Threat to use lethal force fails to deter Myanmar protesters

Military's warning comes after three protesters were shot dead over weekend

Left: People at a protest against the military coup in Yangon yesterday. Protesters were undeterred by the junta's warning that it was prepared to use lethal force and gathered in the streets in cities and towns across the country. Below: Myanmar ant
People at a protest against the military coup in Yangon yesterday. Protesters were undeterred by the junta’s warning that it was prepared to use lethal force and gathered in the streets in cities and towns across the country.PHOTO: AGENCE FRANCE-PRESSE
Left: People at a protest against the military coup in Yangon yesterday. Protesters were undeterred by the junta's warning that it was prepared to use lethal force and gathered in the streets in cities and towns across the country. Below: Myanmar ant
Myanmar anti-riot police officers setting up a street barricade during a nationwide strike to protest against the coup in Yangon yesterday.PHOTO: EPA-EFE

YANGON • Tens of thousands of anti-coup protesters rallied across Myanmar again yesterday despite a clear threat from the junta that it was prepared to use lethal force to crush what it branded as "anarchy".

The warning came after three demonstrators were shot dead over the weekend, and the funeral on Sunday for a young woman who died from bullet wounds at an earlier rally.

Massive street demonstrations have taken place since Myanmar's military staged a coup on Feb 1 and detained civilian leader Aung San Suu Kyi, ending a decade-long experiment with democracy.

A civil disobedience campaign has also since choked many government operations, as well as businesses and banks, and the junta late on Sunday gave its most ominous signal yet that its patience was nearing an end.

"Protesters are now inciting the people, especially emotional teenagers and youths, to a confrontation path where they will suffer the loss of life," said a statement on state-run broadcaster MRTV.

The statement, read out in the Myanmar language with text of the English version on the screen, cautioned protesters against inciting "riot and anarchy".

Protesters yesterday were undeterred by the warning and gathered in the streets in cities and towns across the country, from the northern hills on the border with China to the central plains, to the Irrawaddy river delta and the southern tip of the panhandle, social media images showed.

"We came out today to join in the protest, to fight until we win," said 23-year-old university student Kyaw Kyaw. "We are worried about the crackdown, but we will move forward. We are so angry."

In a country where dates are seen as auspicious, protesters noted the significance of the date Feb 22, 2021, comparing it with demonstrations on Aug 8, 1988, when a previous generation staged anti-military protests that were bloodily suppressed.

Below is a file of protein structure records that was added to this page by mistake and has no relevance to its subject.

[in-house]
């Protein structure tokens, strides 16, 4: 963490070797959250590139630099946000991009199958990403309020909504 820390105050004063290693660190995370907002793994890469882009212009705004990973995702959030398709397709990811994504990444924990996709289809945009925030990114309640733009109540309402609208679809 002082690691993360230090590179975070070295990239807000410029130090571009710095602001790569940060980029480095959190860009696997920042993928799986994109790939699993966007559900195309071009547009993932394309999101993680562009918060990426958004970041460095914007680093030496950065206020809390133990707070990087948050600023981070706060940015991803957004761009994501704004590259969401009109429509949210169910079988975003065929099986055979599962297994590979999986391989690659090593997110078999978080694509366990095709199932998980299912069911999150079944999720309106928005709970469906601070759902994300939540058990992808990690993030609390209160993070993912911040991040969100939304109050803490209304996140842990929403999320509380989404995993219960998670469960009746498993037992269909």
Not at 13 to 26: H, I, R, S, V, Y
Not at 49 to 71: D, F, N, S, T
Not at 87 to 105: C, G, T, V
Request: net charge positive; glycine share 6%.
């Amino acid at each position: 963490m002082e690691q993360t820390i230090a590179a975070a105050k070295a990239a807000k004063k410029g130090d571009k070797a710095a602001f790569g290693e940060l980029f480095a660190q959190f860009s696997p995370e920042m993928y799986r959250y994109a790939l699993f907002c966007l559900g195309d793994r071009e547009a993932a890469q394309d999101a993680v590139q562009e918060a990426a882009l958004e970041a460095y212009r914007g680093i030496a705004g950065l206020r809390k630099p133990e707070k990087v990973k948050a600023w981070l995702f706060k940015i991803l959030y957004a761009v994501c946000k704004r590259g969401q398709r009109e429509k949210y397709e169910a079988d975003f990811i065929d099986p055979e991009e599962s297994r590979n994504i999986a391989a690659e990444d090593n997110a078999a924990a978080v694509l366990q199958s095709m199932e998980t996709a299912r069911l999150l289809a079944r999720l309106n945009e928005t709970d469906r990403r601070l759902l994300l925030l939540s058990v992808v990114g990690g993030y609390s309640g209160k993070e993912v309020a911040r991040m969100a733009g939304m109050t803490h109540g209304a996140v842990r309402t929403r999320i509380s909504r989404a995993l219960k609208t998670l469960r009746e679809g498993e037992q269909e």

But that and the government warning did not put people off. "We need to come out," said 46-year-old San San Maw, at a main rallying point in Yangon.

Yangon residents had woken up yesterday to a heavier security presence, including police and military trucks on the roads and an embassy district barricaded.

"The military unjustly took power from the elected civilian government," said a 29-year-old, who asked not to be named. "We will fight until we get our freedom, democracy and justice."

Many businesses in Yangon and in other major cities were shut yesterday following calls for a general strike to inject more momentum into the civil disobedience movement.

United States Secretary of State Antony Blinken said on Twitter that the United States would continue to "take firm action" against the authorities violently cracking down on opponents of the coup.

Britain, Germany and Japan have condemned the violence and United Nations Secretary-General Antonio Guterres urged the military to stop repression.

The generals put up with years of sanctions after crushing the 1988 protests and are likely to shrug off pressure again.

The army seized power after alleging fraud in the Nov 8 elections in which Ms Suu Kyi's party trounced a pro-military party. The Election Commission dismissed the fraud complaints.

Myanmar's Assistance Association for Political Prisoners said 640 people have been arrested, charged or sentenced since the coup - including former members of government and opponents of the coup. The generals had already responded to the uprising by gradually ratcheting up the use of force.

Troops and police have used rubber bullets, tear gas, water cannon and some live rounds.

Over the weekend, two people were killed when security forces fired at protesters in the city of Mandalay, and a third man was shot dead in Yangon. A young woman also died last Friday after being shot in the head at a protest and spending almost a fortnight on life support.

The woman, whose funeral was held on Sunday, was the first confirmed fatality of the protests, and she has emerged as a potent symbol of the anti-junta movement.

The junta has severely curbed Internet access overnight for eight straight days, according to the monitoring group NetBlocks.

Myanmar's Foreign Ministry on Sunday justified its use of force against protesters, and accused the UN and foreign governments of "flagrant interference" in the country's internal affairs.

"Despite facing the unlawful demonstrations, incitements of unrest and violence, the authorities concerned are exercising utmost restraint through minimum use of force to address the disturbances," it said in a statement.

AGENCE FRANCE-PRESSE, REUTERS

A version of this article appeared in the print edition of The Straits Times on February 23, 2021, with the headline 'Threat to use lethal force fails to deter Myanmar protesters'. Subscribe